Strong show from 'Mom-in-Chief'
First ladies don't hold debates. Instead, the wives of presidential candidates give competing convention speeches. Michelle Obama last night said she loved Barack Obama more now than she did four years ago because he hadn't changed since the days when his proudest possession was a coffee table he found in a Dumpster.
"We were so young, so in love and so in debt," she said.
Last week, Ann Romney had a similar description of early wedded bliss to Mitt Romney, reminiscing about their start in a basement apartment eating pasta and tuna fish dinners on an ironing board: "We were very young. Both still in college. There were many reasons to delay marriage, and you know? We just didn't care."
Michelle Obama's speech wasn't just a touching testimonial to her husband; it was a vivid, live-on-network-television reminder of how little the role of first lady has changed. At a time when powerful career women are showcased at each convention - former secretaries of state, senators, governors, activists - the role of the president's wife - or an aspiring president's wife - seems pretty much frozen in the template set by Jacqueline Kennedy and Pat Nixon.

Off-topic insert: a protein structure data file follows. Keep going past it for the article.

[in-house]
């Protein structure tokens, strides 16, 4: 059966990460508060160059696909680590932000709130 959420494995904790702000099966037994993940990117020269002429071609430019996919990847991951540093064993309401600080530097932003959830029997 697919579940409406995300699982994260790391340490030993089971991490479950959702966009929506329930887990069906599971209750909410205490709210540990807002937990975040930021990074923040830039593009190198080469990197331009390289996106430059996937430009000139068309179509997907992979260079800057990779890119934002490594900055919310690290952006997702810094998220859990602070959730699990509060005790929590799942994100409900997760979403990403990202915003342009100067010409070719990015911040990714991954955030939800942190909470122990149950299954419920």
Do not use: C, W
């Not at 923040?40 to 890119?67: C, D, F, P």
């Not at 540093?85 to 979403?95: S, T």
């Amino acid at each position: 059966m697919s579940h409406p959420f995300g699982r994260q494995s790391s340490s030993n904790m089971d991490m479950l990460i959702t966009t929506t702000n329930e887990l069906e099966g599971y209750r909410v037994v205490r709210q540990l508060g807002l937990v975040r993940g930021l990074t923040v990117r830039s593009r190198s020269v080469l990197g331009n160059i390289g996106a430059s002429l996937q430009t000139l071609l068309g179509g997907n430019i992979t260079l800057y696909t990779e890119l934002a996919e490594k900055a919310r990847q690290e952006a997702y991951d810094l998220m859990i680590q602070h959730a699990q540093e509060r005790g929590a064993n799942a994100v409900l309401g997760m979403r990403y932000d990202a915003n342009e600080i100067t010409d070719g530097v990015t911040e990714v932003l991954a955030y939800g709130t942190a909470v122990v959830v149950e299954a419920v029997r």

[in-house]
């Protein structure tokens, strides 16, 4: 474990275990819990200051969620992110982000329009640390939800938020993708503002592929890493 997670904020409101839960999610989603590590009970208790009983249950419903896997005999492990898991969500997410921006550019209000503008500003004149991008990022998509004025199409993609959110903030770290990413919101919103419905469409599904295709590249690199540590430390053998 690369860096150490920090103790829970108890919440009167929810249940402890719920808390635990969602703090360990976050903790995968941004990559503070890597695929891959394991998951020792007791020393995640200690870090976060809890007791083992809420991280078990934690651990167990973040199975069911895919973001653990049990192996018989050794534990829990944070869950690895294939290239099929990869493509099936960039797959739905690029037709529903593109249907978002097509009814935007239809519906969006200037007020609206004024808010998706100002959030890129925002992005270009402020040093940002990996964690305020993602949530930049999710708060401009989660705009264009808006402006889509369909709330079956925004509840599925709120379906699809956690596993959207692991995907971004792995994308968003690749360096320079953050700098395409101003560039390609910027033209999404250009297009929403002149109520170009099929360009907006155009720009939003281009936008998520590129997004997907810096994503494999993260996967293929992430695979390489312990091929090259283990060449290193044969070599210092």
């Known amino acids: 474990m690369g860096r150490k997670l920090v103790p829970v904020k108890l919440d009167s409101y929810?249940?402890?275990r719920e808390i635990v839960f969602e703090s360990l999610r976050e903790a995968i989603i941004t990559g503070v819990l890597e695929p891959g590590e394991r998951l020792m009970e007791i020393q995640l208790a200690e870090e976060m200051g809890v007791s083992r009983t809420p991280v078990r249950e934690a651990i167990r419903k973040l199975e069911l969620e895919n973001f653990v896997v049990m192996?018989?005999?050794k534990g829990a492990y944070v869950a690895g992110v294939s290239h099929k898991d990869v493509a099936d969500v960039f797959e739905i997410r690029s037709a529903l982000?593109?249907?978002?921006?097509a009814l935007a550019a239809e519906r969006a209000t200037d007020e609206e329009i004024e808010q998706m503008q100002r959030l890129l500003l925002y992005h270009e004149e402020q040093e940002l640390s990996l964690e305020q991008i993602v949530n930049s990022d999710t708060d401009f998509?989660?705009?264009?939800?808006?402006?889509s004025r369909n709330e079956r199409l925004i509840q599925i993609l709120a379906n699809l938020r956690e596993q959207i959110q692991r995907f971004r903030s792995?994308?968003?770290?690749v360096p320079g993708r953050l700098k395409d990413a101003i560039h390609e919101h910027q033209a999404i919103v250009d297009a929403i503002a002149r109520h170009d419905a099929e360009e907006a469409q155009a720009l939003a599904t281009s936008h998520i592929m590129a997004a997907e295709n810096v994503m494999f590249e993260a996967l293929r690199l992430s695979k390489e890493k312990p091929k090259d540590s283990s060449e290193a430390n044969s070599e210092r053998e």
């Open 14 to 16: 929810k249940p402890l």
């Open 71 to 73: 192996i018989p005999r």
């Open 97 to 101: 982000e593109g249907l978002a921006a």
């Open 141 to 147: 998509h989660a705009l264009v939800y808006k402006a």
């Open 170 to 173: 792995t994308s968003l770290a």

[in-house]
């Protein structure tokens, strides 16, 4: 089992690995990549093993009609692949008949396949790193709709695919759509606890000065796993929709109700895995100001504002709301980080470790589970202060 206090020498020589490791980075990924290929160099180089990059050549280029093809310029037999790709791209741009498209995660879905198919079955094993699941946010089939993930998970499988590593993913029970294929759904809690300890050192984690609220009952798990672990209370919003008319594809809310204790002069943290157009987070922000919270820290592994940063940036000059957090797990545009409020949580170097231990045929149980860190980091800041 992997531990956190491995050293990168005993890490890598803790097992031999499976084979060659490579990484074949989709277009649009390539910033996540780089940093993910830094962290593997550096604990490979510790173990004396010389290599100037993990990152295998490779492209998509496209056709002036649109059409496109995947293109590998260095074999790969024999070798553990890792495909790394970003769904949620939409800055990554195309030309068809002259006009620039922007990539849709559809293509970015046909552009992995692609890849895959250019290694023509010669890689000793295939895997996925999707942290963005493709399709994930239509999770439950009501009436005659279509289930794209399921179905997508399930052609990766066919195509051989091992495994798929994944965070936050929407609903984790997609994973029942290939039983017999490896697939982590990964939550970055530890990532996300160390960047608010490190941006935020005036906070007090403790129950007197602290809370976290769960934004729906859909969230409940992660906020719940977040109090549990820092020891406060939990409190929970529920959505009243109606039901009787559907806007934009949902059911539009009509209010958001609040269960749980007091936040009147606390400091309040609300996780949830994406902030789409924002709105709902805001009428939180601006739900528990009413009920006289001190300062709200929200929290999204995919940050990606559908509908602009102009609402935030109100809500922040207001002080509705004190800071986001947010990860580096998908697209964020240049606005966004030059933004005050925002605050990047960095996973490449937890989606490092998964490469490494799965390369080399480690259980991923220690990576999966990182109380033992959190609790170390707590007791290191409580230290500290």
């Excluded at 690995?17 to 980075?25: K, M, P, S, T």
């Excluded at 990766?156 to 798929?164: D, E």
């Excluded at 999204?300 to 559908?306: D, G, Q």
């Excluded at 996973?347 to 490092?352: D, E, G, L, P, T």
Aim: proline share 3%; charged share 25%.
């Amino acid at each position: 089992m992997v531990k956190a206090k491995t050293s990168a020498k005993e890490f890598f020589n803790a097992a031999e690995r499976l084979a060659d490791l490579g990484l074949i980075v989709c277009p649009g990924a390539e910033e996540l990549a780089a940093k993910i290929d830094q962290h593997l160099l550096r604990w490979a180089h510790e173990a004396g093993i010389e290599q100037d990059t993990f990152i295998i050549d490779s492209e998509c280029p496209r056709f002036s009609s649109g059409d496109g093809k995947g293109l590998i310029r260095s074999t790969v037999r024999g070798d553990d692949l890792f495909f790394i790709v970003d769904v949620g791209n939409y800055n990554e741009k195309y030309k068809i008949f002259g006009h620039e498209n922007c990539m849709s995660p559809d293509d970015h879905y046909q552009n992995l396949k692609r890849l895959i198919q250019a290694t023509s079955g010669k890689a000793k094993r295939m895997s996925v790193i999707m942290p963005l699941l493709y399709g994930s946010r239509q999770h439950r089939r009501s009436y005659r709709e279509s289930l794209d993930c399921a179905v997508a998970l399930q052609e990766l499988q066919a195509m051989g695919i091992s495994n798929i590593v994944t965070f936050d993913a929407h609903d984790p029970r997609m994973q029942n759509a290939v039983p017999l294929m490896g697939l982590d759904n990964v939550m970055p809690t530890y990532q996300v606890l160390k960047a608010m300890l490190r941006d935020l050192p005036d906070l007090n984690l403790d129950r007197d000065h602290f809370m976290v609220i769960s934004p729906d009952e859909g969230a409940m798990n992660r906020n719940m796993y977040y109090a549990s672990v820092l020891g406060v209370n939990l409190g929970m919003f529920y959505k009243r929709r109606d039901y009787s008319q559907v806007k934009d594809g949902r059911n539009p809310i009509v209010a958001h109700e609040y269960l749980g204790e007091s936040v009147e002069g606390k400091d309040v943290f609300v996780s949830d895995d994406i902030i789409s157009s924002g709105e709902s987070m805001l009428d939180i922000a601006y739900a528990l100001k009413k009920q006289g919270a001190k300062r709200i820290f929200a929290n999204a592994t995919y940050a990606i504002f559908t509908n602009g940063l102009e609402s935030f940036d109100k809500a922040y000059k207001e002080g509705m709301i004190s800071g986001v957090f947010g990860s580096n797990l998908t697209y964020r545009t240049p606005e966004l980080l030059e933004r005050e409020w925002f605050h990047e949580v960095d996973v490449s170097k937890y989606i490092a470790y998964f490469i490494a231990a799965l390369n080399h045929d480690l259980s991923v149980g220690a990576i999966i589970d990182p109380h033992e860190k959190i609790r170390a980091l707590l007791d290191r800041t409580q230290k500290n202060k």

It's hard to find two women farther apart in background, education and ideology than Michelle Obama and Ann Romney, yet their convention personas are remarkably similar. They are warm, caring and, most of all, irreproachable helpmates.
Like Ann Romney before her, Michelle Obama was tapped to draw a personal, approachable portrait of a husband who is sometimes seen as aloof and didactic. Both women spoke winningly, but Michelle Obama, who had addressed a political convention before, gave the strongest performance.
Naturally, there was no overt hostility between the two sides. Michelle Obama never uttered the word "Romney." Earlier, when Ryan Seacrest asked her to assess Ann Romney's speech, Michelle Obama said, "I didn't watch it." Yet last night she managed to draw a contrast between the two candidates, elliptically.
Michelle Obama said she loved that after law school, her husband turned down "high-paying jobs" to help people find work in poor communities. "Because for Barack," she said, "success isn't about how much money you make. It's about the difference you make in people's lives."
Ann Romney said she admired her husband's drive and business acumen. "And let's be honest," she told Republicans in Tampa, Florida. "If the last four years had been more successful, do we really think there would be this attack on Mitt Romney's success?"